Thursday, March 29, 2007

Your Identification, Please 2

A reader sent this email about his experiences with gated communities, and I thought I'd share it with the rest. It's a fascinating topic and I hope that some serious scholar with access to grant money takes at a look at it someday.

As you know, I'm in Costa Rica, a country noted as being peaceful, non-violent, progressive. "A central american success story."

In the "Valle Central", home of the capital, the vast majority of homes are like cages or little prisons. The windows are barred and the porches are frequently surrounded by a mesh of heavy steel bars. Most communities have some form of gating or guards, except the poor of course.

In the areas of Escazu and Rorhmoser, where the expats and embassy staffers live, it's all fortresses. Most people choose to live in condominium complexes; which is kind of sad and ironic. The Central Valley's climate is one of the best on the planet; I've never lived in a home that required a furnace nor an air conditioning. It's the ideal place to have a big yard and leave the doors open; but sadly only the very wealthy can afford such a thing by living on a security plantation like described in Brazil. Most of us, even the relatively well to do, end up living in pretty high density complexes to share the security bill.

But we are seeing some progress! The president has been taking steps to restrict gun ownership by law abiding civilians.

When I look around here I really begin to wonder what it's like in places that i know are much more violent.


Blogger Peter said...

I fail to see how restricting gun ownership by *law abiding citizens* will improve things...

3/30/2007 04:12:00 AM  
Blogger wretchard said...


I think the line was penned in irony.

3/30/2007 04:22:00 AM  
Blogger PapaBear said...

Conflicts are not won by defense. They are won by going on the offense. The people who pen themselves up in their gated communities will finally lose unless they go after the bandits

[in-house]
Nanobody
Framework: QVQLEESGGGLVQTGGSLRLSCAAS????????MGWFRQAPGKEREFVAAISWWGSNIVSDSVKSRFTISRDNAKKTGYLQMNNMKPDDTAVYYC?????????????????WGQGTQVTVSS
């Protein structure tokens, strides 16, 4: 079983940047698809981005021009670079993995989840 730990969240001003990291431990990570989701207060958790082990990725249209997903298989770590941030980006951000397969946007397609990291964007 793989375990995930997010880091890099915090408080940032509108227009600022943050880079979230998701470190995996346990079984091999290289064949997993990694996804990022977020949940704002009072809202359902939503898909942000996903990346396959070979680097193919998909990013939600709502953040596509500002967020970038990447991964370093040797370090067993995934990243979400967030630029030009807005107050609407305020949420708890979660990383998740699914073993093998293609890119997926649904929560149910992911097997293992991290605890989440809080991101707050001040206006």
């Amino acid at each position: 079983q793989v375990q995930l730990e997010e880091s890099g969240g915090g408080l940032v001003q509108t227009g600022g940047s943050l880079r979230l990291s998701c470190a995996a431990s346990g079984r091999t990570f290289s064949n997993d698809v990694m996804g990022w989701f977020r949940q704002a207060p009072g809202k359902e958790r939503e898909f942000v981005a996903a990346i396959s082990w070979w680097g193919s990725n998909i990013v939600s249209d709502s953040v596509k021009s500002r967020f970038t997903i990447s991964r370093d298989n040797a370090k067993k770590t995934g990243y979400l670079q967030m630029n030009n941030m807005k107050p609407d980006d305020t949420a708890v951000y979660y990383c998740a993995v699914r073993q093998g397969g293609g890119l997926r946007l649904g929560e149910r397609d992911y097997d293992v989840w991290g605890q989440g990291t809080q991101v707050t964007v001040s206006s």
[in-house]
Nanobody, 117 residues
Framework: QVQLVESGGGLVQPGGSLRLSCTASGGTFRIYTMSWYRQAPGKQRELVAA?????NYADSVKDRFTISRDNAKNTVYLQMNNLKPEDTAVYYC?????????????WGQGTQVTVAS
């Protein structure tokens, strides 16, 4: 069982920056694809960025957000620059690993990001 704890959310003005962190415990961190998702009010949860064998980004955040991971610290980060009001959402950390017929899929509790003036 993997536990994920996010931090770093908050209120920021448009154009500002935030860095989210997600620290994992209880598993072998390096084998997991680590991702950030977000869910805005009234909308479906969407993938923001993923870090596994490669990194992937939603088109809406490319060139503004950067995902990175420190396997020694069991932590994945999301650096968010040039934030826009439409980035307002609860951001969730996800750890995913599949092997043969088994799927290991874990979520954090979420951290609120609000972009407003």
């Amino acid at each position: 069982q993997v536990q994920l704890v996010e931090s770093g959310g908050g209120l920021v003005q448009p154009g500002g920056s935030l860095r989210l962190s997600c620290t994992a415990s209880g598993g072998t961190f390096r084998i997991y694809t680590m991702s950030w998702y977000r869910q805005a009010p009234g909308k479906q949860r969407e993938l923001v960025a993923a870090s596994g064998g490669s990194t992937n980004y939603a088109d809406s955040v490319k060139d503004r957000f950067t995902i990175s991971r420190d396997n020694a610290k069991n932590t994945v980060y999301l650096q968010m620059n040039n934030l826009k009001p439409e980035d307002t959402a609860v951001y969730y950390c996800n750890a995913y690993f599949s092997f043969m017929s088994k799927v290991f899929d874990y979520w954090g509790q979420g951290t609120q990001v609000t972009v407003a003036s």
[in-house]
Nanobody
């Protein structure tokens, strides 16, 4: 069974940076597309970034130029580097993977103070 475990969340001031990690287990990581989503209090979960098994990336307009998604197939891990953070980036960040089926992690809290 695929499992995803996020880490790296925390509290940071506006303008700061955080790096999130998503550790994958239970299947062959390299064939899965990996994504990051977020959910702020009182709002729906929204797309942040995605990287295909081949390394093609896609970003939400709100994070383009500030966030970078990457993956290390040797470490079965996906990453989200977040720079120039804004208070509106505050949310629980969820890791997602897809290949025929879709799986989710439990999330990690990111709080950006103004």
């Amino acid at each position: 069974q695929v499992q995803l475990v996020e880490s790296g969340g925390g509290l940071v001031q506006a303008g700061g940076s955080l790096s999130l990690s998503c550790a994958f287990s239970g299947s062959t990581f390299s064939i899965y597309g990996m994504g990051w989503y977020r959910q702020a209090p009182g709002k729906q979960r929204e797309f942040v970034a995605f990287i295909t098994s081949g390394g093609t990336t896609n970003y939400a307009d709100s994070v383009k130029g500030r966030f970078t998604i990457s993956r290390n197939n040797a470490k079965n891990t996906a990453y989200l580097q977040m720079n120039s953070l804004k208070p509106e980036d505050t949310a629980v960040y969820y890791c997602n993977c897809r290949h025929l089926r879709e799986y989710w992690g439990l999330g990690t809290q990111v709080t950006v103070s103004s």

3/30/2007 05:34:00 AM  
Anonymous Anonymous said...

Have visited friends in communities that have gate and guard houses like this and masonry perimeter walls and “moats”, or low-lying surrounds that look like this on rainy days in neo-Norman suburbia. If you approach these neighborhood keeps in a well-appointed SUV or luxury car, the guards don't slightly sneer when they call for permission to let you pass.

Would love to try to gain entry on horseback one day--

3/30/2007 07:45:00 AM  
Blogger Charles said...

This is the America that the plutocrats envision for the USA. The Bushes have beautiful freinds souths of the border who tell them this is to be expected.

3/30/2007 08:24:00 AM  
Blogger john said...

Visiting places like Puerto Rico and the Dominican Republic, I've noticed that almost all the regular houses have bars on the windows and that, if the house has a terrace or balcony that will also be surrounded by bars (decorative to some degree or another). I think that this stems from the very poor living in close proximity to the middle class and people's lack of trust that the authorities can solve any serious crime, much less a burglary. That and the fact that, as opposed to the USA, few can afford fancy alarm systems and panic rooms.

In the New York/New Jersey area, a walk in some Hispanic neighborhoods in Jersey City will reveal the same prison bar windows everywhere. The same can be said for areas of the Bronx that have been revitalized by building single family homes where the old burnt out buildings used to stand as the infamous signs of the city's decay in the 70's

I once took a bus ride from New York City to a town in New Jersey and these nice Dominicans kids were in the bus also. They commented on the beauty of the houses in the neighborhoods we passed. Then one made an interesting comment. He said that all the houses looked beautiful but that he was concerned that they were not safe because none had bars on their windows. Sadly he failed to understand that the best security comes from your neighbors not the house.

3/30/2007 09:20:00 AM  
Blogger Charles said...

Excerpted from

January 15, 2007 Issue

Fragmented Future

Multiculturalism doesn’t make vibrant communities but defensive ones.In
America, you don’t need to belong to a family-based mafia for
protection because the state will enforce your contracts with some